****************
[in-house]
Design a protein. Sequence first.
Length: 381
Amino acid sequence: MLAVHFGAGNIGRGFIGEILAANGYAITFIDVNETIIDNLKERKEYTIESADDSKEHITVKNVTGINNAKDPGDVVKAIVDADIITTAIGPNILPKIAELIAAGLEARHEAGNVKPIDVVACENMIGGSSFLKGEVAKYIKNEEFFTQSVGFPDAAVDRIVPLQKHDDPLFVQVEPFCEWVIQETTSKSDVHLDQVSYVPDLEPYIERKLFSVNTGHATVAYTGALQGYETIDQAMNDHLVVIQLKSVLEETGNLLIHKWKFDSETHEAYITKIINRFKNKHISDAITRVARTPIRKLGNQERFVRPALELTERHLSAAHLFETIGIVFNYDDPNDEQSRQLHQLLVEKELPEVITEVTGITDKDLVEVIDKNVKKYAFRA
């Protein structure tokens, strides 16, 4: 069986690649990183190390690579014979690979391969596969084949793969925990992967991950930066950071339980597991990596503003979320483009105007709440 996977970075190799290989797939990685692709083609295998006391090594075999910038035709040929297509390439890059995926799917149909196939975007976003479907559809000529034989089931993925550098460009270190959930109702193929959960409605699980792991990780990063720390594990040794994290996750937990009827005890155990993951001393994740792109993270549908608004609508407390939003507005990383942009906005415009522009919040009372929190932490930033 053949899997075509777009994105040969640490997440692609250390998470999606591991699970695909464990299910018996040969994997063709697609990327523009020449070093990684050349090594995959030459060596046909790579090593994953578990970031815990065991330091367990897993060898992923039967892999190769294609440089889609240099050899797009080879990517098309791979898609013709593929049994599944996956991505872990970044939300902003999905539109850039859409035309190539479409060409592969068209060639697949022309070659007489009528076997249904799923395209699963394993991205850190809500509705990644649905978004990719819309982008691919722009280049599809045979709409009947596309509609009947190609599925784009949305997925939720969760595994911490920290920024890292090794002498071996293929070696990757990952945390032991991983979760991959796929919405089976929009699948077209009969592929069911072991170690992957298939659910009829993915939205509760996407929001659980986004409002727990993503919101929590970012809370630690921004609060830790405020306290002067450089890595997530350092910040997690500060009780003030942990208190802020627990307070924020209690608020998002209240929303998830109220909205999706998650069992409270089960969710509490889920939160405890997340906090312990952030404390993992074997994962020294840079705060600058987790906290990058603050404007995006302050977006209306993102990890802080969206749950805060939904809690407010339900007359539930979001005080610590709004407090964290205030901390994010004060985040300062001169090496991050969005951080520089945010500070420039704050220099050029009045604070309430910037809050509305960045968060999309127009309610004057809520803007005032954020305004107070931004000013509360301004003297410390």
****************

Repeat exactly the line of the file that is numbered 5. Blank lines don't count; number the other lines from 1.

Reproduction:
């Protein structure tokens, strides 16, 4: 069986690649990183190390690579014979690979391969596969084949793969925990992967991950930066950071339980597991990596503003979320483009105007709440 996977970075190799290989797939990685692709083609295998006391090594075999910038035709040929297509390439890059995926799917149909196939975007976003479907559809000529034989089931993925550098460009270190959930109702193929959960409605699980792991990780990063720390594990040794994290996750937990009827005890155990993951001393994740792109993270549908608004609508407390939003507005990383942009906005415009522009919040009372929190932490930033 053949899997075509777009994105040969640490997440692609250390998470999606591991699970695909464990299910018996040969994997063709697609990327523009020449070093990684050349090594995959030459060596046909790579090593994953578990970031815990065991330091367990897993060898992923039967892999190769294609440089889609240099050899797009080879990517098309791979898609013709593929049994599944996956991505872990970044939300902003999905539109850039859409035309190539479409060409592969068209060639697949022309070659007489009528076997249904799923395209699963394993991205850190809500509705990644649905978004990719819309982008691919722009280049599809045979709409009947596309509609009947190609599925784009949305997925939720969760595994911490920290920024890292090794002498071996293929070696990757990952945390032991991983979760991959796929919405089976929009699948077209009969592929069911072991170690992957298939659910009829993915939205509760996407929001659980986004409002727990993503919101929590970012809370630690921004609060830790405020306290002067450089890595997530350092910040997690500060009780003030942990208190802020627990307070924020209690608020998002209240929303998830109220909205999706998650069992409270089960969710509490889920939160405890997340906090312990952030404390993992074997994962020294840079705060600058987790906290990058603050404007995006302050977006209306993102990890802080969206749950805060939904809690407010339900007359539930979001005080610590709004407090964290205030901390994010004060985040300062001169090496991050969005951080520089945010500070420039704050220099050029009045604070309430910037809050509305960045968060999309127009309610004057809520803007005032954020305004107070931004000013509360301004003297410390």